Skin Mindfulness Exercise for November

Seeing as we have spend some time recognizing how experiential it is to feel through the skin, I wanted to offer you a chance to feel for yourself. Below I have shared an observation exercise related to your skin, touch and your yoga practice. If you are curious, I suggest you try the exercise over the period of an entire month. In the following months I will be posting other exercises to help you to refine your sense of feeling through the skin and your sense touch.

Exercise 1: Think back to the last manual assist that you received in a yoga class.

  • Was it physical, i.e. through touch, or intellectual, i.e. through a verbal cue?
  • If it was hands-on, how did you register the sensation: the temperature, the pressure, the quality of the touch (for instance soothing or energetic)?
  • Take a moment to think of how your body reacted to the assist. Was it from the 'top down', meaning from intellect to the body, or was the intellectual element bypassed and the sensation simply felt?
  • How would your experience have changed if that assist were only verbal, or only physical?

The first step is knowing whether or not you are mindful of the sensation of touch. If you can’t recall, this is a perfect opportunity for your to start making a conscious effort to feel through the skin as you practice.

This month I invite you to pay attention to your skin and, after your yoga session, write down something that occurred during your mindfulness practice of the skin. This can be a few sentences, a few words or even a picture. By journaling your experience over a month’s time, you might be surprised how your reflections have changed over time and observe how your sense of receiving touch has developed.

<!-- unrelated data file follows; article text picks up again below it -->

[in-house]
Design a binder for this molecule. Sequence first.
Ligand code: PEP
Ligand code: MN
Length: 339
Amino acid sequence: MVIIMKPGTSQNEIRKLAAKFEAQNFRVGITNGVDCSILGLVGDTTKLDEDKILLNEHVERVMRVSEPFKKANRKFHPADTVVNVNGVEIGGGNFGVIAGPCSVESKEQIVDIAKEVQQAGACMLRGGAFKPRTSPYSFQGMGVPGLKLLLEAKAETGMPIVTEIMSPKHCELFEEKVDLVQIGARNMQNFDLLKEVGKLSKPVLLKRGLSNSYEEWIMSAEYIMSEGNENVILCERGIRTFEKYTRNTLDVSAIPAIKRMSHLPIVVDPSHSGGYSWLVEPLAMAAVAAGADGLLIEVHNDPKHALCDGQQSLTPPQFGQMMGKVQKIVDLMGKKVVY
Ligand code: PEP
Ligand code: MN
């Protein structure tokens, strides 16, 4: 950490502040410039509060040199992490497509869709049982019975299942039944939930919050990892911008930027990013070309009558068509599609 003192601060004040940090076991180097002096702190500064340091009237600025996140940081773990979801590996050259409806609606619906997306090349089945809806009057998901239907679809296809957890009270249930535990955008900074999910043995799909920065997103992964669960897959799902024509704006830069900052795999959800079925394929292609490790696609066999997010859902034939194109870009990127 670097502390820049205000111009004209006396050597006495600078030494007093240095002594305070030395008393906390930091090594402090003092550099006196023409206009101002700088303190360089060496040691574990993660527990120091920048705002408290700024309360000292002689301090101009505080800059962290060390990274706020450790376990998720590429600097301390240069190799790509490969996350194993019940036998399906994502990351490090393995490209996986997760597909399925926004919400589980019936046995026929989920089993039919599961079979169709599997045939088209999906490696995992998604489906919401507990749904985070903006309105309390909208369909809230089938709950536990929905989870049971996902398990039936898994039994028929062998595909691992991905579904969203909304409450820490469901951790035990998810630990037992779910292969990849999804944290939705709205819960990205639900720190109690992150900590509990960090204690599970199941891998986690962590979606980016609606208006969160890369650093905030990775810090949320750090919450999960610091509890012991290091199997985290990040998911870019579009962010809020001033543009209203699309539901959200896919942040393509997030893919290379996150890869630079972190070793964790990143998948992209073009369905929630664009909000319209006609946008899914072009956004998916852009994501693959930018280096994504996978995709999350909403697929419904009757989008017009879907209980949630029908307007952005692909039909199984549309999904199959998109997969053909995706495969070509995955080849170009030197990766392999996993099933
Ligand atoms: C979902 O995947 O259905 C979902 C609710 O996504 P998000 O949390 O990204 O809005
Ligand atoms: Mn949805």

My Personal Reflections on Touch

As a practitioner and teacher, I have explored how the skin and touch play a huge role in the way that we perceive ourselves and the way that we interact with the outside world. I can tell myself silently, or a student out loud in class for that matter, to lift or breathe or turn some part of the body. This is an intellectual cue which makes the assumption that this particular body has experienced that movement before and can make the mind-body connection from the top down, resulting in the desired movement.

But... if our skin and our sense of touch foster and register experiences which may or may not be developed into corresponding movement, and in some cases have never been experienced at all, how can the intellect will that to happen? Through using self-adjustment and receiving impulses, assists and adjustments, we can create new experiences in our body, which are first experienced and then archived, and, over time and careful cultivation, create new movement patterns in the body that we can bring forth from the inside out. In some cases, we can replace old experiences with new ones, bringing a new sense of awareness to the region of the body altogether.

Over the next few months, I will share some different exercises geared at helping you to be more aware of your skin and what role it plays for you in your experience on and off the mat. I will be posting several exercises over this time that you can try out in your own practice in order to bring more mindful interaction in receiving impulses through the skin and by using self-adjustment to receive and create movement and directional patterns on your own. If you would like you share some of your observations, or if you have any questions, please post them and I will speak to those points in the following articles.

See you on the mat!